A north Wales art gallery built using charity money may have been built on a site first considered unsuitable, a BBC Wales investigation has found.
A report claimed the location would not 'add any inspiration'
Oriel Mon, which opened 13 years ago to house the prestigious Charles Tunnicliffe art collection, is also facing declining visitor numbers.
Plans to house a new exhibition by Sir Kyffin Williams at the gallery have also come under fire.
Anglesey Council declined to comment as no final decision has been reached.
The gallery was built on the outskirts of Llangefni to house the work of renowned wildlife artist Charles Tunnicliffe.
But BBC Wales has seen an unpublished report prepared in the early 90s by the Wildlife Trust, on the consideration of various sites for the gallery, which ruled out the site eventually chosen for the venue.
The report said of the Llangefni site, "it certainly would not add any inspiration to the art collection" and that "Llangefni offers no scope for a wildlife connection".
The report concludes that "a building in Llangefni would be lost in its surroundings... the insertion of a building of any size and significance in Llangefni would also involve considerable costs, disruption in the life of the town and the building of a multi-storey car park".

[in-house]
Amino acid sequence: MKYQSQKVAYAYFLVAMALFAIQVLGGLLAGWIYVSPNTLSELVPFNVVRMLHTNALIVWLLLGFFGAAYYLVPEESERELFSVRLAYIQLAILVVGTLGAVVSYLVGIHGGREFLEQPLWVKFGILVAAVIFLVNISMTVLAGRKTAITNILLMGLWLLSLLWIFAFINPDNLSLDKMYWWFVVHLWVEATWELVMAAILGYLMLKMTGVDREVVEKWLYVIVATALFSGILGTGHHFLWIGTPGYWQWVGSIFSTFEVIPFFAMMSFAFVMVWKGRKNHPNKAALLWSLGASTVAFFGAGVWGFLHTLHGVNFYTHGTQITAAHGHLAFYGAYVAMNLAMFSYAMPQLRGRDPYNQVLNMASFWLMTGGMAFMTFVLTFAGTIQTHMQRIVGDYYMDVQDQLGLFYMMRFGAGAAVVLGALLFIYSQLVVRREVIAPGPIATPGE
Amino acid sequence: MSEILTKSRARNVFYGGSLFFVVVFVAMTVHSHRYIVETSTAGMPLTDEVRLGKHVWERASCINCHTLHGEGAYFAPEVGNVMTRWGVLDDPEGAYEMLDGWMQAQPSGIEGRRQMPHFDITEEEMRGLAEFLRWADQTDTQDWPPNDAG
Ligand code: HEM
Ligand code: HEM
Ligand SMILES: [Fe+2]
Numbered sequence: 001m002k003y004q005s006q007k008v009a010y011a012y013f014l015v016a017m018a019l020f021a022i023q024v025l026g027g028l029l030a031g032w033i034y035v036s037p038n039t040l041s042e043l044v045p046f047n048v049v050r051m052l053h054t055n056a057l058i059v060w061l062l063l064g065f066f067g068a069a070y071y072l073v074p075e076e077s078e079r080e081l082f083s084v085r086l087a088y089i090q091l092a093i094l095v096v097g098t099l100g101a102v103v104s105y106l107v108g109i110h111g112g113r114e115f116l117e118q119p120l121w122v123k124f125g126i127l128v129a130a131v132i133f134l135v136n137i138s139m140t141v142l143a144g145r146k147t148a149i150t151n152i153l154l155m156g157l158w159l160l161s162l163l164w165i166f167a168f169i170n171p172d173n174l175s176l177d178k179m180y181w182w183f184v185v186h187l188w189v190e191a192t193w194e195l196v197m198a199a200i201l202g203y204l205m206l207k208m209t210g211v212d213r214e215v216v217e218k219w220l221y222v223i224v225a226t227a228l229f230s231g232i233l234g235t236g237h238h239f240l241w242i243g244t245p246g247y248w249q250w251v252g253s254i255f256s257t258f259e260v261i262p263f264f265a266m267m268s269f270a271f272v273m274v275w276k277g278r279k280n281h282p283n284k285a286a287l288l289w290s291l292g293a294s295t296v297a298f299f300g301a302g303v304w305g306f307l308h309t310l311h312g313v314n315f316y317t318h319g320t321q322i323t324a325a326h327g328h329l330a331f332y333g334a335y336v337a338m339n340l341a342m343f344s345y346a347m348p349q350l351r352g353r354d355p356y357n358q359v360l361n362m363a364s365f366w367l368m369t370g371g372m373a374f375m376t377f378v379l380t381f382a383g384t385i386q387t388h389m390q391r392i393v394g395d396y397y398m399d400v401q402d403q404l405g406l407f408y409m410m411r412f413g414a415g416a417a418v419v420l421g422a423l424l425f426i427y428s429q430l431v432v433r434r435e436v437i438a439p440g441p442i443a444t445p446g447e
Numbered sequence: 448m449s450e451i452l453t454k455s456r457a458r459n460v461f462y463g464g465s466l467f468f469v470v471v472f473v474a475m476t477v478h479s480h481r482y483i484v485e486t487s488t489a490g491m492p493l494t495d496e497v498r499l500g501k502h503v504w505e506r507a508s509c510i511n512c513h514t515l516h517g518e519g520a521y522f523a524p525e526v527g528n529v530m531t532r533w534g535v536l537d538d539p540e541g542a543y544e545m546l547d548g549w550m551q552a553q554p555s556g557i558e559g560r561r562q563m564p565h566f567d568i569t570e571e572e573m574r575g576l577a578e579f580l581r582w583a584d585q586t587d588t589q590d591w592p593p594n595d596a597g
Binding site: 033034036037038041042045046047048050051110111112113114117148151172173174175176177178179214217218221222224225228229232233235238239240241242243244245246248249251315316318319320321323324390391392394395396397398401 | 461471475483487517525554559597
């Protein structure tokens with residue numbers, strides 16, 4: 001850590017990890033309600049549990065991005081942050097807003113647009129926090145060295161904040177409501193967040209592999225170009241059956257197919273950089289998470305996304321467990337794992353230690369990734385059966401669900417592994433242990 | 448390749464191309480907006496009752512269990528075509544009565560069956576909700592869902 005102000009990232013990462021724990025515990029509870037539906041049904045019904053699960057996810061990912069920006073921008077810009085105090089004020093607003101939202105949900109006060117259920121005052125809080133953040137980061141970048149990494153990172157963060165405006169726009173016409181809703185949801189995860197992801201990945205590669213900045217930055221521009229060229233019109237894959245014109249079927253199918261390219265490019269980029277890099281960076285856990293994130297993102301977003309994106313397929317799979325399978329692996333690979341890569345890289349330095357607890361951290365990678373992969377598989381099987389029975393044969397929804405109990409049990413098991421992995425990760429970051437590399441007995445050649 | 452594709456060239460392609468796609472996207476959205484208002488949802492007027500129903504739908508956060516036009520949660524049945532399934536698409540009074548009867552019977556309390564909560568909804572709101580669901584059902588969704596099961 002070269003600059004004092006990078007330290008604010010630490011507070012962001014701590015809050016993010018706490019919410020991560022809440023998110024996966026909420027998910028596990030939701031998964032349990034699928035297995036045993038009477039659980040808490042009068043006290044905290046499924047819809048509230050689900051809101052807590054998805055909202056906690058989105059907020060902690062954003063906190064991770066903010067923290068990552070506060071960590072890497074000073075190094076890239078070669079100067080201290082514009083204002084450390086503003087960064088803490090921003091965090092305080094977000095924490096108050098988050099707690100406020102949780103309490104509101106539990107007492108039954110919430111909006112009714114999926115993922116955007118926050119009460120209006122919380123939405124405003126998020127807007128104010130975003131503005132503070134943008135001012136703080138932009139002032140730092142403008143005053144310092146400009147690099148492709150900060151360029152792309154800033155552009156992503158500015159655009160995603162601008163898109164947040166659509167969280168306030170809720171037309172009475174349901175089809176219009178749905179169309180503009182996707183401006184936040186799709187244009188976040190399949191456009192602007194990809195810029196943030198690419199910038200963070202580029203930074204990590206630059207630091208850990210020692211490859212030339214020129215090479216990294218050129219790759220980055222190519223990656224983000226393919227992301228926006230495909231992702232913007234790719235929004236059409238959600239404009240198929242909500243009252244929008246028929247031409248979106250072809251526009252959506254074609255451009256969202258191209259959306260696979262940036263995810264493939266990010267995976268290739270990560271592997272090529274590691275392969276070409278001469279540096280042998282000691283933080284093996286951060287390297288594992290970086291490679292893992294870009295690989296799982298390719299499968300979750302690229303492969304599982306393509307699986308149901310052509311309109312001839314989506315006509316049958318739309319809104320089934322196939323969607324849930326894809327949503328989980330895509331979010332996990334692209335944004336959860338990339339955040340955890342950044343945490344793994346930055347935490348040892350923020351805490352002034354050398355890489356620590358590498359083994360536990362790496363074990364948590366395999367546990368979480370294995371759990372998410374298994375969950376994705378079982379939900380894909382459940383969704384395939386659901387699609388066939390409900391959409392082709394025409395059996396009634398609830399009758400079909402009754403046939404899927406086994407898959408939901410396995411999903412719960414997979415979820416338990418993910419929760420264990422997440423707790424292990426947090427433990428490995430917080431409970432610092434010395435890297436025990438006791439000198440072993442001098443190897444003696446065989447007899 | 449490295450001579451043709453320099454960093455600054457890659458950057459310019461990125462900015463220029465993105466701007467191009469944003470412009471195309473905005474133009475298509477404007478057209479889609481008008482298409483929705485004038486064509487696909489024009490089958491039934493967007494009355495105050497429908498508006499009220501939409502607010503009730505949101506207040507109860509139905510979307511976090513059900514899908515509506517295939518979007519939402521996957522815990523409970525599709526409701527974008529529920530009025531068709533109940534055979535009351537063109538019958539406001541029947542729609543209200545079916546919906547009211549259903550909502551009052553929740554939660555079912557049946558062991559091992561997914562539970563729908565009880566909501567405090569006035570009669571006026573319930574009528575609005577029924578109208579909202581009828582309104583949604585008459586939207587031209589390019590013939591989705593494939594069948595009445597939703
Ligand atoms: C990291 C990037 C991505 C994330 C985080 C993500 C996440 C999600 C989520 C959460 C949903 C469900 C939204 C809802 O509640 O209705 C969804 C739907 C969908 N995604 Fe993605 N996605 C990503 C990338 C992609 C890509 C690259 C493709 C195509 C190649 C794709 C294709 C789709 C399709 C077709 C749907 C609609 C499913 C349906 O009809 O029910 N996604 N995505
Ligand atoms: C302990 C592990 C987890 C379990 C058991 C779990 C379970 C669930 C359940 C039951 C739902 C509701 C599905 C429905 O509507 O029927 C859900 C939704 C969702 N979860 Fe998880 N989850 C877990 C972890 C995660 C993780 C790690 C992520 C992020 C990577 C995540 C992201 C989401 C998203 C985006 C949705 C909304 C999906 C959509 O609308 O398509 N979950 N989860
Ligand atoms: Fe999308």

Figures obtained under the Freedom of Information Act from Anglesey Council also show a 10,000 drop in visitor numbers since the gallery first opened.
There are plans to extend the gallery for Sir Kyffin Williams' works
In 1991/2, 65,339 people visited the Oriel Mon but by 2004/5, the figures had slumped to 55,901.
Now plans to extend the existing art gallery to house another prestigious art collection, paintings by Sir Kyffin Williams, have also come under fire.
The new plans have so far failed to attract the backing of the Welsh Arts Council.
Anglesey artist Wil Rowlands said that the council-led project lacks any transparency. Friends of Sir Kyffin Williams say that the delays by the council are causing the elderly artist a huge amount of frustration and anguish.
Anglesey Council refused to be interviewed on the grounds that no final decisions have yet been made even though the project was given the go- ahead with planning permission in January 2005.
The results of BBC Wales' two-month investigation is set to be revealed on the Radio Cymru programme, Post Cyntaf.